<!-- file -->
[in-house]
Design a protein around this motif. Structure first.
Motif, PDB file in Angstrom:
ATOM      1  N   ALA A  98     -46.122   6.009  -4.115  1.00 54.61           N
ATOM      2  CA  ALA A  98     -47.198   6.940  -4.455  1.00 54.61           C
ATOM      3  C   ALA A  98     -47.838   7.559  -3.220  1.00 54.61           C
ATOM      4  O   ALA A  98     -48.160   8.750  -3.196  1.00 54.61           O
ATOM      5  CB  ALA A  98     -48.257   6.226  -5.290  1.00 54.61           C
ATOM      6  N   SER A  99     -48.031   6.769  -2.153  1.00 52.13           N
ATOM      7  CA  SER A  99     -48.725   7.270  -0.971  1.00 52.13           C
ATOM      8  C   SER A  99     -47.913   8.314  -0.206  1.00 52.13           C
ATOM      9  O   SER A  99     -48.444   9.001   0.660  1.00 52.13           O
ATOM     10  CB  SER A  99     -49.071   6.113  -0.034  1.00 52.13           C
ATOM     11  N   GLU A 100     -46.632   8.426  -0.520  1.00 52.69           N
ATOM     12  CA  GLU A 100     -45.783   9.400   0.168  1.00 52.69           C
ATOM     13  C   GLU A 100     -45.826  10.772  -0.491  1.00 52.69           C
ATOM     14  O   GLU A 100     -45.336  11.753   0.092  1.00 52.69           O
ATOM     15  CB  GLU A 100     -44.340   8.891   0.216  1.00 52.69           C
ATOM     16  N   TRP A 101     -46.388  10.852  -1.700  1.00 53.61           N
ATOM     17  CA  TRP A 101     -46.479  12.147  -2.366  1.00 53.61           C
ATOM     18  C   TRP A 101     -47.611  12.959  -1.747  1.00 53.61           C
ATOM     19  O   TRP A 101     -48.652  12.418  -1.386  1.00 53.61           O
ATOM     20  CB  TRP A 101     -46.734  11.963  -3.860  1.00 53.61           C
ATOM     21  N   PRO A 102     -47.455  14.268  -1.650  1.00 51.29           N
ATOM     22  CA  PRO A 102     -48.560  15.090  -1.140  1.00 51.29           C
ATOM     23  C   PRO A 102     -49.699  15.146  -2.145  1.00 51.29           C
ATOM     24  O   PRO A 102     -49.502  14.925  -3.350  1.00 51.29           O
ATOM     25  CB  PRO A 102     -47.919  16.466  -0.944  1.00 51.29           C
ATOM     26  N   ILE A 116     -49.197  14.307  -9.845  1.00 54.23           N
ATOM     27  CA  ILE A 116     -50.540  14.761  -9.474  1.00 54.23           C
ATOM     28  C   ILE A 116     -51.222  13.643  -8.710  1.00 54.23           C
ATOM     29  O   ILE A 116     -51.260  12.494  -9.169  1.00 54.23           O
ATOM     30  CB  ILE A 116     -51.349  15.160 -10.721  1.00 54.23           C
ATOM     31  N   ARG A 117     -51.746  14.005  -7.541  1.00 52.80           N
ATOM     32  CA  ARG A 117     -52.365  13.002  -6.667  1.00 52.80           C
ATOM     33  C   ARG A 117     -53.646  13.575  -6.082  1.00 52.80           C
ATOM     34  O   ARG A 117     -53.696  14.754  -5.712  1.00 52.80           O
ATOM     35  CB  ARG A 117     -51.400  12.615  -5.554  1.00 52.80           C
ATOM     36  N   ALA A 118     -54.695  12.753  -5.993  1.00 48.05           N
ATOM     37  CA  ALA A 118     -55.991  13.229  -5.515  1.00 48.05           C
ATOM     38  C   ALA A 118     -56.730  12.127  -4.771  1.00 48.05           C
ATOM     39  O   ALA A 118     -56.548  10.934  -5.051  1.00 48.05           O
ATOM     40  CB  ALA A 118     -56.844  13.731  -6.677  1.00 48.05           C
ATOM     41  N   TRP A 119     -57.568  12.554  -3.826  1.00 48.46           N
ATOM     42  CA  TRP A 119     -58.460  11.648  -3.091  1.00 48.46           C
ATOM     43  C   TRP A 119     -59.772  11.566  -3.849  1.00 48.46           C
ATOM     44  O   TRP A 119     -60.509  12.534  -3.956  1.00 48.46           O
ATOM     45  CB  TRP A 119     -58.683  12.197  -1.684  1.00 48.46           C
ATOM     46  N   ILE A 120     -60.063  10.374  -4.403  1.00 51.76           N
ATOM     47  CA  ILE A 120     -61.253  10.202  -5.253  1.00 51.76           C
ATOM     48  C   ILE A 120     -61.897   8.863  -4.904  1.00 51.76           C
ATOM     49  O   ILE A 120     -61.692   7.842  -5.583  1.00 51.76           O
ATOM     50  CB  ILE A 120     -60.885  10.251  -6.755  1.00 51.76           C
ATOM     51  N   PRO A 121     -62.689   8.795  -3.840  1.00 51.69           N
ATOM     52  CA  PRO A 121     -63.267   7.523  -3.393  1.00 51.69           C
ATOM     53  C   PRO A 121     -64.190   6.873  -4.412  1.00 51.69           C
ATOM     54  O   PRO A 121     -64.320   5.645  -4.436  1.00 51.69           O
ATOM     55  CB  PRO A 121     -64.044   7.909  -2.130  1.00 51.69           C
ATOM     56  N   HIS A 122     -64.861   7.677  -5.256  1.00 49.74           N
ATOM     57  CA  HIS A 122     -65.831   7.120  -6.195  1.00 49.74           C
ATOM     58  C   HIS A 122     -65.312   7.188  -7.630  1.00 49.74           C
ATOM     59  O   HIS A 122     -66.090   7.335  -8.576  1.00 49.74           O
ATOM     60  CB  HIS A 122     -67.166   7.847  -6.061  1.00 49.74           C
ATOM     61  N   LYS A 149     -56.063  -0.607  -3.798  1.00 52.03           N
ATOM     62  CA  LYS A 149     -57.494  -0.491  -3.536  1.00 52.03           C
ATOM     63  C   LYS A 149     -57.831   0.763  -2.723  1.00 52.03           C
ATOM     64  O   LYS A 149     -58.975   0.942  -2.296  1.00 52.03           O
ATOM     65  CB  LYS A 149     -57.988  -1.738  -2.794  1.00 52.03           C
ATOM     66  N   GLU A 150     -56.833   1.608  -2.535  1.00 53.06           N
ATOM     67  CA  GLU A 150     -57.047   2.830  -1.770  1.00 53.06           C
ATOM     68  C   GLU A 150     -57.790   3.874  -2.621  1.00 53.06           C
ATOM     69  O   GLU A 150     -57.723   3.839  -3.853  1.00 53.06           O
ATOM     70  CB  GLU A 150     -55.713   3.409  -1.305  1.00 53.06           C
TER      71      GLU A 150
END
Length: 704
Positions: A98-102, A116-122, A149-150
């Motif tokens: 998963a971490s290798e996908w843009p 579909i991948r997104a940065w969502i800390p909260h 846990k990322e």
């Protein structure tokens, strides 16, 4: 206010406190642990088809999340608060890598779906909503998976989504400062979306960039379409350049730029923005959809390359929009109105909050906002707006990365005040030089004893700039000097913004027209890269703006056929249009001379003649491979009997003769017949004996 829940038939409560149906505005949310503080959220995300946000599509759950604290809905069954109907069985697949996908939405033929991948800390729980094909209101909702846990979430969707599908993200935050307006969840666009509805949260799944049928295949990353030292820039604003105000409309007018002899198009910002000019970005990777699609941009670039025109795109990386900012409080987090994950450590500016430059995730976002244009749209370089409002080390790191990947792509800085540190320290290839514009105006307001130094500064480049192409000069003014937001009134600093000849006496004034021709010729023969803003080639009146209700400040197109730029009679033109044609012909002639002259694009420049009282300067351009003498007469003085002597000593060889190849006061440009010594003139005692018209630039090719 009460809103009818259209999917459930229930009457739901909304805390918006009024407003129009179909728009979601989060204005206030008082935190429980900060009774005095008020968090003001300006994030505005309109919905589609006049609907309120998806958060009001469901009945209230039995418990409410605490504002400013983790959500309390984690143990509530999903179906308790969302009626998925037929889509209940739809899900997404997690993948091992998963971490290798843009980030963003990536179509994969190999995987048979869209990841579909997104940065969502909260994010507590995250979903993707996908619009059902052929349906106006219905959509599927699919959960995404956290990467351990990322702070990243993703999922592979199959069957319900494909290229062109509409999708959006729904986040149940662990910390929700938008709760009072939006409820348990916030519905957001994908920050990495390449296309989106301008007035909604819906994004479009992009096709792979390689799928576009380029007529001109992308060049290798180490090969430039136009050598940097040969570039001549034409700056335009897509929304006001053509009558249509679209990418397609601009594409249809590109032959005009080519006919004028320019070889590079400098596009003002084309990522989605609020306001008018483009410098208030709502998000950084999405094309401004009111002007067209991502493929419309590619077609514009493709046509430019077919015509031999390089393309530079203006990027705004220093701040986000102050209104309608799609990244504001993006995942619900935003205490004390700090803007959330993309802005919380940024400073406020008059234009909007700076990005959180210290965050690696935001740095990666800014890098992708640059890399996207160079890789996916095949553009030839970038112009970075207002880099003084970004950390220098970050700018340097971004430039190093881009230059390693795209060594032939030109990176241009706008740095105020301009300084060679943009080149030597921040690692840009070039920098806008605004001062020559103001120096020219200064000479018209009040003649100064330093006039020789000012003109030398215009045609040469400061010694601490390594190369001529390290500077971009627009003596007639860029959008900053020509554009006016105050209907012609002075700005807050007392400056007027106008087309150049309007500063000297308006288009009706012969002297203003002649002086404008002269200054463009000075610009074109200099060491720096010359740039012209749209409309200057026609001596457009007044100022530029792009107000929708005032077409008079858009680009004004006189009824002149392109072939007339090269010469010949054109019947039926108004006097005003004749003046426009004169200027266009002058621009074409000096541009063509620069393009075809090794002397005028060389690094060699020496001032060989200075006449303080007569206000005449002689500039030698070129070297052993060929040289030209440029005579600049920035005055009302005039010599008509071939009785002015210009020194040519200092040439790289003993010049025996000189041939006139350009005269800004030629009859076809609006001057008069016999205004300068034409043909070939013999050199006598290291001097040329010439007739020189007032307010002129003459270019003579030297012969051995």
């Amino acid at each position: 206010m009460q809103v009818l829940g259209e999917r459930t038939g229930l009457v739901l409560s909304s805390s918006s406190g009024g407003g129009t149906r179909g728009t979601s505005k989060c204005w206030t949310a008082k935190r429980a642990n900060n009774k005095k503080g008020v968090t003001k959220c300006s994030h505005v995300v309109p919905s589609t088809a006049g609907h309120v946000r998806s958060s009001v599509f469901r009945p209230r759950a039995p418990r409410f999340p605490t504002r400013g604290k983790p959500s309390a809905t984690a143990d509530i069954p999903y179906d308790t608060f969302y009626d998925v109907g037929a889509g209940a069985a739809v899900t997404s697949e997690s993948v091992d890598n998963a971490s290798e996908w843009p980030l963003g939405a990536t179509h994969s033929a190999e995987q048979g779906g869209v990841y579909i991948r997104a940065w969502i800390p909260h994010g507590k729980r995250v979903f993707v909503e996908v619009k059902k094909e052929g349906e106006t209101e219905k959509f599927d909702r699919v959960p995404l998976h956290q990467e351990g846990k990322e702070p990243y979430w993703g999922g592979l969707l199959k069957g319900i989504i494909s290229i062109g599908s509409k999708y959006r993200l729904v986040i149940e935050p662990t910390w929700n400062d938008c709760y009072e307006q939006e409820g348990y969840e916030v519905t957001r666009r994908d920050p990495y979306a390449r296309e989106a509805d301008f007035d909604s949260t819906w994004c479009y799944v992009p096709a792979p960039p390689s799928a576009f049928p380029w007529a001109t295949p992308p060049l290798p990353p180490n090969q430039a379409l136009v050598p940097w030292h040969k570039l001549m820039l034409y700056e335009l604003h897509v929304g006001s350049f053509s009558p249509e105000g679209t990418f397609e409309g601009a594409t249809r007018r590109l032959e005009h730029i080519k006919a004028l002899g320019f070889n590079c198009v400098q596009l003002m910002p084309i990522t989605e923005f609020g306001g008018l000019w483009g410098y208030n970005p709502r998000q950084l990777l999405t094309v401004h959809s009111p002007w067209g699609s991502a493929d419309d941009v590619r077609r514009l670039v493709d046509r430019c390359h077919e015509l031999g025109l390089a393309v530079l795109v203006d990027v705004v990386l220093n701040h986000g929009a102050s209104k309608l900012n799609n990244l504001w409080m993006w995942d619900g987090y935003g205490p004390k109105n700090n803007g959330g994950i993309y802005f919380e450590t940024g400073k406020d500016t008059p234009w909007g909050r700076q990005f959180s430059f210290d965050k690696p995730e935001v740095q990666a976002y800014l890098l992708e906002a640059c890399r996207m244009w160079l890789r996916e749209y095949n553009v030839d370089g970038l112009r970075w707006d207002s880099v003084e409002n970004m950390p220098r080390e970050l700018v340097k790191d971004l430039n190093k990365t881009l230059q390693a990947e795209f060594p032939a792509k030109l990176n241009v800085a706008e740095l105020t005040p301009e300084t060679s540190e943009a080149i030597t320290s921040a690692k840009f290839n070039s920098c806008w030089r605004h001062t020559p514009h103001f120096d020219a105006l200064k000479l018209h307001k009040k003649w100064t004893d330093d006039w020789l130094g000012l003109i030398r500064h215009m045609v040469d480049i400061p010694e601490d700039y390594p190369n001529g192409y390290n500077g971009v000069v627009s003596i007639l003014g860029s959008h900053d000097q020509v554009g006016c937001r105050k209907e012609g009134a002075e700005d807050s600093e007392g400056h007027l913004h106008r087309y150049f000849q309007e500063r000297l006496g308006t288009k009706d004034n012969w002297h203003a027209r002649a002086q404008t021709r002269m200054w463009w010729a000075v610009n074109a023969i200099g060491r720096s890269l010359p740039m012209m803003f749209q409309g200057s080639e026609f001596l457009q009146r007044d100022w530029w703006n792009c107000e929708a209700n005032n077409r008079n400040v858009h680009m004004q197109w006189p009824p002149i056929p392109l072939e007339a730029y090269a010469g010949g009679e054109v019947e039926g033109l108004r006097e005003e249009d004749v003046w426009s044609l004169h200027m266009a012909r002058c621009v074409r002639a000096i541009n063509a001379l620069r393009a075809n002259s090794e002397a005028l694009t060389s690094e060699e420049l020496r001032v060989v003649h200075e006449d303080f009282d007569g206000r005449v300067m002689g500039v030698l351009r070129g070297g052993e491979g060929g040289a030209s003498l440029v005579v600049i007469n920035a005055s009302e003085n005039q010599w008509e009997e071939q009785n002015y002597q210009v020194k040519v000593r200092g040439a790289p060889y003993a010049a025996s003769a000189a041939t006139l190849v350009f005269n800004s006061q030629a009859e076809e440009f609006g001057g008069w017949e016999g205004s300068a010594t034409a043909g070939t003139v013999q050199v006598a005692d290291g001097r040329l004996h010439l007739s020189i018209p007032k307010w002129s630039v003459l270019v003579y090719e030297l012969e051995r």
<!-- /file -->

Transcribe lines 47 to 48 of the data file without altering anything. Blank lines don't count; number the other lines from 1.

ATOM     44  O   TRP A 119     -60.509  12.534  -3.956  1.00 48.46           O
ATOM     45  CB  TRP A 119     -58.683  12.197  -1.684  1.00 48.46           C